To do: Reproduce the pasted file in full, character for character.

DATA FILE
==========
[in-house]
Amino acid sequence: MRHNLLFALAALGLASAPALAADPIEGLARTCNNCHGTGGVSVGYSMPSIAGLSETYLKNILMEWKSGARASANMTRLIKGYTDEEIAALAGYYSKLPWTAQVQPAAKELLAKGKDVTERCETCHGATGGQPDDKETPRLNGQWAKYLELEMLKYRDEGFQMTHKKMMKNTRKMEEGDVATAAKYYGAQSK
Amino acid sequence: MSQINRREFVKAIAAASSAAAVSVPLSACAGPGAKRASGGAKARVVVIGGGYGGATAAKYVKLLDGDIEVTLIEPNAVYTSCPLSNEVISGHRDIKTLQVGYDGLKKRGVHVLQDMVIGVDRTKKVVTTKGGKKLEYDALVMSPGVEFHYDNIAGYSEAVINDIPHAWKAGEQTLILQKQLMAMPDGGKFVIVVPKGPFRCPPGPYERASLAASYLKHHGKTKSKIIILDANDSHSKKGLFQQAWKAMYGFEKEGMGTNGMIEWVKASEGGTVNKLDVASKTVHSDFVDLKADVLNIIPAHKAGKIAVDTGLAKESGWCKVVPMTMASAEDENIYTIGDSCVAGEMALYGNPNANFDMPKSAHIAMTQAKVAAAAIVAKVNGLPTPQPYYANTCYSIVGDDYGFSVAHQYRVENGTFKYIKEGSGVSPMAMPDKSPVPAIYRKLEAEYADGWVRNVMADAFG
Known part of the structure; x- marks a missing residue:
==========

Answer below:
[in-house]
Amino acid sequence: MRHNLLFALAALGLASAPALAADPIEGLARTCNNCHGTGGVSVGYSMPSIAGLSETYLKNILMEWKSGARASANMTRLIKGYTDEEIAALAGYYSKLPWTAQVQPAAKELLAKGKDVTERCETCHGATGGQPDDKETPRLNGQWAKYLELEMLKYRDEGFQMTHKKMMKNTRKMEEGDVATAAKYYGAQSK
Amino acid sequence: MSQINRREFVKAIAAASSAAAVSVPLSACAGPGAKRASGGAKARVVVIGGGYGGATAAKYVKLLDGDIEVTLIEPNAVYTSCPLSNEVISGHRDIKTLQVGYDGLKKRGVHVLQDMVIGVDRTKKVVTTKGGKKLEYDALVMSPGVEFHYDNIAGYSEAVINDIPHAWKAGEQTLILQKQLMAMPDGGKFVIVVPKGPFRCPPGPYERASLAASYLKHHGKTKSKIIILDANDSHSKKGLFQQAWKAMYGFEKEGMGTNGMIEWVKASEGGTVNKLDVASKTVHSDFVDLKADVLNIIPAHKAGKIAVDTGLAKESGWCKVVPMTMASAEDENIYTIGDSCVAGEMALYGNPNANFDMPKSAHIAMTQAKVAAAAIVAKVNGLPTPQPYYANTCYSIVGDDYGFSVAHQYRVENGTFKYIKEGSGVSPMAMPDKSPVPAIYRKLEAEYADGWVRNVMADAFG
Known part of the structure; x- marks a missing residue: